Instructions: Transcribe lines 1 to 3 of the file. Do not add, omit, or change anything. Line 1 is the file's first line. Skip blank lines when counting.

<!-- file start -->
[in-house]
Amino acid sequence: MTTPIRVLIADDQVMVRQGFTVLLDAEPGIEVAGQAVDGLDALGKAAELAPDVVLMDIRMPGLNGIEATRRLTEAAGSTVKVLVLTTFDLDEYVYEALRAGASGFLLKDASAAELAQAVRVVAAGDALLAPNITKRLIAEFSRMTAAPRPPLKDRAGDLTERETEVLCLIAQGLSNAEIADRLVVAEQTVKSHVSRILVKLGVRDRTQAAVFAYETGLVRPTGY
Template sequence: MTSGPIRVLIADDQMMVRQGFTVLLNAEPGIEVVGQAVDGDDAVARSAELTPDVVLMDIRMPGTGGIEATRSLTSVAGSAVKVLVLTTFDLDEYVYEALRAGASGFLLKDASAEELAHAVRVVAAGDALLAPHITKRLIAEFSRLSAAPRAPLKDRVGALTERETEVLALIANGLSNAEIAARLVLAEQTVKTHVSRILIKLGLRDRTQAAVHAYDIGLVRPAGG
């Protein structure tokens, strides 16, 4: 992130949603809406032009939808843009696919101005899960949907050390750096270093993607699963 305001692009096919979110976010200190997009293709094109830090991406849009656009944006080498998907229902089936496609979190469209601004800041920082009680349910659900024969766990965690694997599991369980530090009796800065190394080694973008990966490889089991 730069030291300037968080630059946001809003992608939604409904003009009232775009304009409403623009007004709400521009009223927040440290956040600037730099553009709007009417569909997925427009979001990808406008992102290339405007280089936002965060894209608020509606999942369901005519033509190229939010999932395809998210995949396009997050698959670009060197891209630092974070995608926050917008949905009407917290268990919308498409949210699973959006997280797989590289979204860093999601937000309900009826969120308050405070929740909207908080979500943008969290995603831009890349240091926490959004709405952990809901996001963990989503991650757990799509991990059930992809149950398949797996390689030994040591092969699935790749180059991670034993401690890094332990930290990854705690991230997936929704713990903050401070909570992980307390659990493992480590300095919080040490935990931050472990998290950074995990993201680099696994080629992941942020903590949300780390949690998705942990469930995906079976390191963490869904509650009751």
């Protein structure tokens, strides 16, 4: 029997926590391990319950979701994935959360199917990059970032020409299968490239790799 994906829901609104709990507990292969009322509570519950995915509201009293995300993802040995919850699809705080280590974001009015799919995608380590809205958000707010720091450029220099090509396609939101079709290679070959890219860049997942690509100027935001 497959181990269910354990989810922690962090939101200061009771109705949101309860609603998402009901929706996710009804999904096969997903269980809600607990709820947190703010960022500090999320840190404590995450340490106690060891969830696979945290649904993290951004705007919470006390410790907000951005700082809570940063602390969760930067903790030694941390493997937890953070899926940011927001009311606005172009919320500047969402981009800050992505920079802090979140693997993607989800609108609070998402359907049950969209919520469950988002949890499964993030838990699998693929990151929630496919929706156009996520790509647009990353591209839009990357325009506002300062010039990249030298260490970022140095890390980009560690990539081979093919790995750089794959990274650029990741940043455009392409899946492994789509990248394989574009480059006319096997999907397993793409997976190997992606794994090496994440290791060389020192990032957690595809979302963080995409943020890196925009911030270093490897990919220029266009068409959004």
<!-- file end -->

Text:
[in-house]
Amino acid sequence: MTTPIRVLIADDQVMVRQGFTVLLDAEPGIEVAGQAVDGLDALGKAAELAPDVVLMDIRMPGLNGIEATRRLTEAAGSTVKVLVLTTFDLDEYVYEALRAGASGFLLKDASAAELAQAVRVVAAGDALLAPNITKRLIAEFSRMTAAPRPPLKDRAGDLTERETEVLCLIAQGLSNAEIADRLVVAEQTVKSHVSRILVKLGVRDRTQAAVFAYETGLVRPTGY
Template sequence: MTSGPIRVLIADDQMMVRQGFTVLLNAEPGIEVVGQAVDGDDAVARSAELTPDVVLMDIRMPGTGGIEATRSLTSVAGSAVKVLVLTTFDLDEYVYEALRAGASGFLLKDASAEELAHAVRVVAAGDALLAPHITKRLIAEFSRLSAAPRAPLKDRVGALTERETEVLALIANGLSNAEIAARLVLAEQTVKTHVSRILIKLGLRDRTQAAVHAYDIGLVRPAGG